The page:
Bank of England Governor Mark Carney said on Saturday that a slowdown in China's economy could push down further on inflation but it did not change, for now, the central bank's position on when and how it might increase interest rates.
Carney, speaking at an annual U.S. central banking conference in Jackson Hole, Wyoming, reiterated his view that the recovery in Britain's economy "will likely put the decision as to when to start the process of gradual monetary policy normalization into sharper relief around the turn of this year."
That comment echoed one he made in mid-July, before global financial markets took a hit in recent days over concerns about the health of China's economy.
The BoE cut rates to 0.5 percent, a record low, at the height of the financial crisis in 2009. Although inflation in Britain is almost zero, the Bank is likely to start raising rates in the first quarter of next year as wage growth picks up, economists predict.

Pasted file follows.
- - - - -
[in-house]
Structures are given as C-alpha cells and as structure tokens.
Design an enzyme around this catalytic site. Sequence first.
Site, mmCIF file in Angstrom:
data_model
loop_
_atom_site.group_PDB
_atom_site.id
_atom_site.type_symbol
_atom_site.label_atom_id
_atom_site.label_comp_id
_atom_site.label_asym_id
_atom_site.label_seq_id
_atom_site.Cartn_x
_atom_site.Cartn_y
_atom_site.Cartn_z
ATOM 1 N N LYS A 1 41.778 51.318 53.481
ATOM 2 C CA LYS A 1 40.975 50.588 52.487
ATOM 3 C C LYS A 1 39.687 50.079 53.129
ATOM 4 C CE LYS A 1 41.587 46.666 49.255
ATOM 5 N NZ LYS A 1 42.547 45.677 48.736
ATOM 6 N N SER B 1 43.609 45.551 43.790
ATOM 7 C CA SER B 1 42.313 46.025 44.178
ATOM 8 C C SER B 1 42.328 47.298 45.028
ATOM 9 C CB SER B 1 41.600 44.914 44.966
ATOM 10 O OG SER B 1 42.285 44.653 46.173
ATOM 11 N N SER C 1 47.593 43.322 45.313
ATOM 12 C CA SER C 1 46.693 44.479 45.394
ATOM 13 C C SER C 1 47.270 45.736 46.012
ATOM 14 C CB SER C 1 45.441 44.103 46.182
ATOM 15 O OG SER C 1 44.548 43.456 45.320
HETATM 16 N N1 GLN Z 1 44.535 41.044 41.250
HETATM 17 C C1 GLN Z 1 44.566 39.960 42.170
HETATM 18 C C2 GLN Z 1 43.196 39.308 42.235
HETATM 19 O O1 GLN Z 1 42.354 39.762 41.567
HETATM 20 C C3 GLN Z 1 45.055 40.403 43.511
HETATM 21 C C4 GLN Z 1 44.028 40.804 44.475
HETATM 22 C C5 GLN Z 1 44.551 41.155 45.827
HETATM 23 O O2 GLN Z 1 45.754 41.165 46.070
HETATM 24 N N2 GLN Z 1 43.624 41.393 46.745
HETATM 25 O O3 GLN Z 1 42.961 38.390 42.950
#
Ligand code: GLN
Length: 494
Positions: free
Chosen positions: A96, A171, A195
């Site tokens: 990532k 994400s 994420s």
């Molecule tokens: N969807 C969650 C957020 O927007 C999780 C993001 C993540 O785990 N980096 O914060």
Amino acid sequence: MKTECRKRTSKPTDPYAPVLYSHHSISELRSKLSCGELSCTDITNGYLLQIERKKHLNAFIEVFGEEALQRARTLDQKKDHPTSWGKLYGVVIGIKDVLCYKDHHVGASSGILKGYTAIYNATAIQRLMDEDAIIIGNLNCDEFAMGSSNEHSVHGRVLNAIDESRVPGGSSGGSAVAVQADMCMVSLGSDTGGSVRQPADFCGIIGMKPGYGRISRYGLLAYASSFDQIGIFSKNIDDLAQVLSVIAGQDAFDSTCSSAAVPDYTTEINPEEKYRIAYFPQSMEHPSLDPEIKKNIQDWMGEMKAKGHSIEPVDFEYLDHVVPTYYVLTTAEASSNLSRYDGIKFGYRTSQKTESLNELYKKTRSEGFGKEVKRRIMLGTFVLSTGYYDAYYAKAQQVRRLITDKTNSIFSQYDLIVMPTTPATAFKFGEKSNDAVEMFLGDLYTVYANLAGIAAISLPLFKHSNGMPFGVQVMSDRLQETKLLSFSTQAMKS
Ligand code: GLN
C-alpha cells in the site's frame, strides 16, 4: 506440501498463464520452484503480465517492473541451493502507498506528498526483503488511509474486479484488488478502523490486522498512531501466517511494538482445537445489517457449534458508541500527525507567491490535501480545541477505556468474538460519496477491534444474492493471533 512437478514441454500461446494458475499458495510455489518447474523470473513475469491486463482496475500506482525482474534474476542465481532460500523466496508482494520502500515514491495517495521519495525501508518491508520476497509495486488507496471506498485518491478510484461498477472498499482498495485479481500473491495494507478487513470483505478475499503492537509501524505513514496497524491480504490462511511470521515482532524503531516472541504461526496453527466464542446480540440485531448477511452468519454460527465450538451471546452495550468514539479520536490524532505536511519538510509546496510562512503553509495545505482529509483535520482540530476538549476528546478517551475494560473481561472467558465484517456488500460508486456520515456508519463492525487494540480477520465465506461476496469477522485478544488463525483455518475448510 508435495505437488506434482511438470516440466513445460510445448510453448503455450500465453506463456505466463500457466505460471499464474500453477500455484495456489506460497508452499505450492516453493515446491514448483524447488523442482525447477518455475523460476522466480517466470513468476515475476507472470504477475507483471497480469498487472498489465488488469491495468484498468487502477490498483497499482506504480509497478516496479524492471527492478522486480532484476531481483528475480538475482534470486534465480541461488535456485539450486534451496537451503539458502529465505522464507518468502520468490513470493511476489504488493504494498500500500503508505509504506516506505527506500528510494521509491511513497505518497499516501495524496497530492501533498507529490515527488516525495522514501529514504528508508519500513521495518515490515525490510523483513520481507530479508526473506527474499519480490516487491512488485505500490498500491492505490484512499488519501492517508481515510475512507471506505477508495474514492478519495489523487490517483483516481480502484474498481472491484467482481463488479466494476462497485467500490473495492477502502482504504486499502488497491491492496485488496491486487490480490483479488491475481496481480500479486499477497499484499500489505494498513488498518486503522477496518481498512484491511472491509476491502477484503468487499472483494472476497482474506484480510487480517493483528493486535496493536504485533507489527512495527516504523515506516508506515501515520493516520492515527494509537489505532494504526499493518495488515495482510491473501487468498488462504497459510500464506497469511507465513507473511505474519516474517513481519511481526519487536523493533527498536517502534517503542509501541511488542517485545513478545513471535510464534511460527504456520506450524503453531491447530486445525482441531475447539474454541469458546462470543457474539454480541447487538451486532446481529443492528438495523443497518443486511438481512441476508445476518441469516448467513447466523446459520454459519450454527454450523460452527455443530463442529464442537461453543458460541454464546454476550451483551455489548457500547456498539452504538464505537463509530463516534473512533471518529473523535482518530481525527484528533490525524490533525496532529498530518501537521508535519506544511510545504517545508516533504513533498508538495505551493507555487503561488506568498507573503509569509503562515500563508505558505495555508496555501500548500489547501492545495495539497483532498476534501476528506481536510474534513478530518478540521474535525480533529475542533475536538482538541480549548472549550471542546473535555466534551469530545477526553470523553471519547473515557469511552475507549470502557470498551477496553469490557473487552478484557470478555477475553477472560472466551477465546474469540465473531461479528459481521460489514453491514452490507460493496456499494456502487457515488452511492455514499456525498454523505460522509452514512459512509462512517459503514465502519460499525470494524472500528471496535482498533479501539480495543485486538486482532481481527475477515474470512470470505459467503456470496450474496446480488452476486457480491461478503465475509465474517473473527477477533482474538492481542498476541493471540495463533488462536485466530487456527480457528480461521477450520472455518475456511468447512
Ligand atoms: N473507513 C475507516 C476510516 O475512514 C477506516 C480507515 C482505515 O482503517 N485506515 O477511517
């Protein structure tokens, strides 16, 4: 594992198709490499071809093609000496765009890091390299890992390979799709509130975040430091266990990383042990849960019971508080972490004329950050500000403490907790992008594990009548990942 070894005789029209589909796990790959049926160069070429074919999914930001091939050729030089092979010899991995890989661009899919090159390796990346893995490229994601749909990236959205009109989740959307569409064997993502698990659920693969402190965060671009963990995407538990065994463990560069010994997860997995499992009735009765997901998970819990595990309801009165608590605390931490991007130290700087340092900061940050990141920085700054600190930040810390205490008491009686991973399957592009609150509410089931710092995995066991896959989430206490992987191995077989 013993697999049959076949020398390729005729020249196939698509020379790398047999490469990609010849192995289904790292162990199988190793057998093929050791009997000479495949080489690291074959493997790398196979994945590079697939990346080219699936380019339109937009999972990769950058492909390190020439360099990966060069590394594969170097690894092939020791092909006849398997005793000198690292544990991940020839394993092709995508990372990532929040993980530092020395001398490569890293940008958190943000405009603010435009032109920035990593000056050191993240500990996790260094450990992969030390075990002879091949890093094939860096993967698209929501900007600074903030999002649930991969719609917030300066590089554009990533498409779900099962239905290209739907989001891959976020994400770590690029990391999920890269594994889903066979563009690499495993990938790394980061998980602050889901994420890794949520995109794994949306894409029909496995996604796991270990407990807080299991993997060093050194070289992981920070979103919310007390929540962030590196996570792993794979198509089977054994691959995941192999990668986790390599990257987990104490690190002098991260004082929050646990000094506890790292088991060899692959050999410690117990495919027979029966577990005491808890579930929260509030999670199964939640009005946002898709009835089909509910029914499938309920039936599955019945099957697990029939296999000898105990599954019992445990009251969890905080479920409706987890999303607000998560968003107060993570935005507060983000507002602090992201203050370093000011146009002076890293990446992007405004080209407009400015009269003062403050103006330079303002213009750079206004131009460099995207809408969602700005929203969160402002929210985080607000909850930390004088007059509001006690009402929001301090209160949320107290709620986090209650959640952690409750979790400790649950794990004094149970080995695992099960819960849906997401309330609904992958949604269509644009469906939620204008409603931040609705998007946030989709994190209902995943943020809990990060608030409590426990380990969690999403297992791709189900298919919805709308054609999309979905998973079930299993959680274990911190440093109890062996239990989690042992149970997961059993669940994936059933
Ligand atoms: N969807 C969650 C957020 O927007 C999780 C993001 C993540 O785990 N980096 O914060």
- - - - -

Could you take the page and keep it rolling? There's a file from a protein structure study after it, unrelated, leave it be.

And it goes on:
Carney said on Saturday a Chinese slowdown could add to pressure pushing down on prices in Britain and risk aversion in global markets could make financial conditions in the country tighter, which would also weigh on inflation.
"These are possibilities, not certainties. Their evolution needs to be monitored, not taken for granted," he said, before adding the direct exposure of Britain's economy to China was relatively modest.
He also said the BoE could "look through" the temporary disinflationary impact on inflation from lower demand in China for commodities but would watch for any longer-lasting impact on Britain from a slowing of the world's No.2 economy.
"Developments in China are unlikely to change the process of rate increases from limited and gradual to infinitesimal and inert," Carney said.
The BoE's main guidance on interest rates has been that when the time comes to raise them, they will go up gradually and to a level lower than before the financial crisis.
Carney stressed that his comment on the timing of a decision by the BoE on rates did not prejudge any particular decision.
"But it does indicate that recent events do not yet, to my mind, merit changing the MPC's (Monetary Policy Committee's) strategy for returning inflation to target," he said.
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